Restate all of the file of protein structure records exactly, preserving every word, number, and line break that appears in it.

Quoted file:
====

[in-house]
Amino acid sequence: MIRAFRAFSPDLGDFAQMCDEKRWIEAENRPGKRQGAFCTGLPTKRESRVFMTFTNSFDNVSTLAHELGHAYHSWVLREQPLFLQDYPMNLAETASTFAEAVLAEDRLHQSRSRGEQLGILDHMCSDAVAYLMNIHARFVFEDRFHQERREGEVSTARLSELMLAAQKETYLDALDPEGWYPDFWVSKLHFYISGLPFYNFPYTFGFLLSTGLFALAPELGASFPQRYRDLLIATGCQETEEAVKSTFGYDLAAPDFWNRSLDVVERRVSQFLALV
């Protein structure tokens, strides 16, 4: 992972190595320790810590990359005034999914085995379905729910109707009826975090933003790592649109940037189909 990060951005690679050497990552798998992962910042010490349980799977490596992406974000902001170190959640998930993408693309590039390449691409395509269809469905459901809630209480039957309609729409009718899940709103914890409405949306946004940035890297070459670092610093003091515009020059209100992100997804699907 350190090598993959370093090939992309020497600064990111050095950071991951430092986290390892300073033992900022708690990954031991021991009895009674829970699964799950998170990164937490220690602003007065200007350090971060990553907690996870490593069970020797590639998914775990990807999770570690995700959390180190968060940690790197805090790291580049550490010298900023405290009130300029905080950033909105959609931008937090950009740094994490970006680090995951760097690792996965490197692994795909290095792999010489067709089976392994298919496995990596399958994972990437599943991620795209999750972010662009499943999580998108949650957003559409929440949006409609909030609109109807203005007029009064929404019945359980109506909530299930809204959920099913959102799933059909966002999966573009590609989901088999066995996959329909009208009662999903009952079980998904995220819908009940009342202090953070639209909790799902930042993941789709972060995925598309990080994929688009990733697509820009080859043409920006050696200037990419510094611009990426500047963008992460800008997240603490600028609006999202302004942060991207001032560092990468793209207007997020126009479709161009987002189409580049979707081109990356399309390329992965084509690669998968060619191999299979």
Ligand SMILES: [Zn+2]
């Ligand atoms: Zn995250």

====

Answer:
[in-house]
Amino acid sequence: MIRAFRAFSPDLGDFAQMCDEKRWIEAENRPGKRQGAFCTGLPTKRESRVFMTFTNSFDNVSTLAHELGHAYHSWVLREQPLFLQDYPMNLAETASTFAEAVLAEDRLHQSRSRGEQLGILDHMCSDAVAYLMNIHARFVFEDRFHQERREGEVSTARLSELMLAAQKETYLDALDPEGWYPDFWVSKLHFYISGLPFYNFPYTFGFLLSTGLFALAPELGASFPQRYRDLLIATGCQETEEAVKSTFGYDLAAPDFWNRSLDVVERRVSQFLALV
């Protein structure tokens, strides 16, 4: 992972190595320790810590990359005034999914085995379905729910109707009826975090933003790592649109940037189909 990060951005690679050497990552798998992962910042010490349980799977490596992406974000902001170190959640998930993408693309590039390449691409395509269809469905459901809630209480039957309609729409009718899940709103914890409405949306946004940035890297070459670092610093003091515009020059209100992100997804699907 350190090598993959370093090939992309020497600064990111050095950071991951430092986290390892300073033992900022708690990954031991021991009895009674829970699964799950998170990164937490220690602003007065200007350090971060990553907690996870490593069970020797590639998914775990990807999770570690995700959390180190968060940690790197805090790291580049550490010298900023405290009130300029905080950033909105959609931008937090950009740094994490970006680090995951760097690792996965490197692994795909290095792999010489067709089976392994298919496995990596399958994972990437599943991620795209999750972010662009499943999580998108949650957003559409929440949006409609909030609109109807203005007029009064929404019945359980109506909530299930809204959920099913959102799933059909966002999966573009590609989901088999066995996959329909009208009662999903009952079980998904995220819908009940009342202090953070639209909790799902930042993941789709972060995925598309990080994929688009990733697509820009080859043409920006050696200037990419510094611009990426500047963008992460800008997240603490600028609006999202302004942060991207001032560092990468793209207007997020126009479709161009987002189409580049979707081109990356399309390329992965084509690669998968060619191999299979």
Ligand SMILES: [Zn+2]
């Ligand atoms: Zn995250």